In addition to the level of DIF, ITS patients also had worse mental health. However, mental health did not influence the development of DSH behaviors. Depression has been associated with suicidal ideation ; feeling hopeless was determined to be a predictor of both suicidal ideation and depression . In adolescents, a high association between depression and anxiety was associated with self-harming behavior in a follow-up cohort study . However, this association was not found in our study in participants aged between 29 and 50 years old. Furthermore, those with intention to commit suicide were not excluded from the study of Moran and colleagues . Given that ITS patients have statistically significantly worse mental health conditions than controls, public and medical health professionals should pay careful attention to patients who have attempted suicide, and refer them for psychiatric help when needed.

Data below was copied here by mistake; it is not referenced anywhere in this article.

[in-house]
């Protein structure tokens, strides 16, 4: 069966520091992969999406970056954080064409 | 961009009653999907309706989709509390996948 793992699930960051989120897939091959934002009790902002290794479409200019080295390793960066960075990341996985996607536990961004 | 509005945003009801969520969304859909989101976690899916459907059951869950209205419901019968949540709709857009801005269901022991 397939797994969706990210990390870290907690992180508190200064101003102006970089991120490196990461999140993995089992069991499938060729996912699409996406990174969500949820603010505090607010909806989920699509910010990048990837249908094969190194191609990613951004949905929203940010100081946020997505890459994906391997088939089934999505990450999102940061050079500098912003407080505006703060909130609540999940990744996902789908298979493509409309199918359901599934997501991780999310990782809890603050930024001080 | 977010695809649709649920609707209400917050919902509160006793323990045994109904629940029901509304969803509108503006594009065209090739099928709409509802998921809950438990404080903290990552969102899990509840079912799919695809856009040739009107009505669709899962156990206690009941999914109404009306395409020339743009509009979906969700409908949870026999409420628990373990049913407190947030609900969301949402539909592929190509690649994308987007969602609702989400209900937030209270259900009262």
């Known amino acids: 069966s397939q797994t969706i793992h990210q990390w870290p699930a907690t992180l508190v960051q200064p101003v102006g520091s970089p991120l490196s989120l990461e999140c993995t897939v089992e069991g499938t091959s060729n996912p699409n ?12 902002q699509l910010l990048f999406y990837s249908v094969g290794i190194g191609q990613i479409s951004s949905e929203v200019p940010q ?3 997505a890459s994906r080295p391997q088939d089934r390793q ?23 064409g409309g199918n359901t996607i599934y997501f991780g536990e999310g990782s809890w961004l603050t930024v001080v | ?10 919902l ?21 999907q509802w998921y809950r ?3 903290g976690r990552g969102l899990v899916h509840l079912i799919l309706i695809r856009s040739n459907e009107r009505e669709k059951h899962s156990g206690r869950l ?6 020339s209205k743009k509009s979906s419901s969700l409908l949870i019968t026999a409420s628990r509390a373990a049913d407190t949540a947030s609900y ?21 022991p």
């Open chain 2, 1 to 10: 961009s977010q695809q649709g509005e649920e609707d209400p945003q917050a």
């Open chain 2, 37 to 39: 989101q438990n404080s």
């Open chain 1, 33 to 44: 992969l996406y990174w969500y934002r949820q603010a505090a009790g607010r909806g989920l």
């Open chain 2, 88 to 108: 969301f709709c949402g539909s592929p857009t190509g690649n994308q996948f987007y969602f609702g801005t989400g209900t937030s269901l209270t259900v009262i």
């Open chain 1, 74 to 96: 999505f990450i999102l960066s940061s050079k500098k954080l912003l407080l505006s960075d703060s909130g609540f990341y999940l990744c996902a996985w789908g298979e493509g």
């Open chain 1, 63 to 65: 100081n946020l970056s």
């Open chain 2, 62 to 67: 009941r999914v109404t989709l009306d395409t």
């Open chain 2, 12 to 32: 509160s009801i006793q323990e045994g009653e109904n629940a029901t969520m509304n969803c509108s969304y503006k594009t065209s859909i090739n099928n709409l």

The first limitation of this study is related to the fact that a previous study showed that the vast majority of adolescents with DSH behavior do not seek medical help . Given that the participants in this study were recruited from the emergency room of a hospital, our results can only be generalized to those who have sought help at a hospital. Second, the participants in this study were recruited from the emergency room of a general hospital in southern Taiwan. The rejection rate for recruitment was high when there were no medical rapport. In addition, given that we were unable to follow up those who rejected participation, the demographics of those who agreed to participate could not be compared with the demographics of those who declined to participate. Therefore, the external validity of the results needs further investigation. Lastly, Chen et al.  showed that the media tends to underreport mental illness as a reason for suicide in men in Taiwan. In India, the National Crime Records Bureau underestimates suicide in men by at least 25%, and in women by at least 35% . This shows that some gender and cultural factors are associated with the tendency to commit suicide. Accordingly, semi-structured interviews regarding the motivation behind their behavior were conducted with all the patients who agreed to participate to determine whether they had intended suicide or self harm. However, we cannot eliminate the possibility that they underreported their intention to commit suicide. The atmosphere of the emergency room department is generally noisy and chaotic in Taiwan. We suggest in future studies a private room maybe used for these interviews to elevate medical rapport and diminish the affect from the environment. Notwithstanding those limitations, the strength of this study is that it included only first-time DSH and ITS participants without any psychiatric disorder or general medical disorders. Psychiatric inpatients, general medical patients, and community residents who attempt suicide have different psychological risk factors . Therefore, this study excluded psychiatric disorders and other general medical disorders, and focused only on those in the community.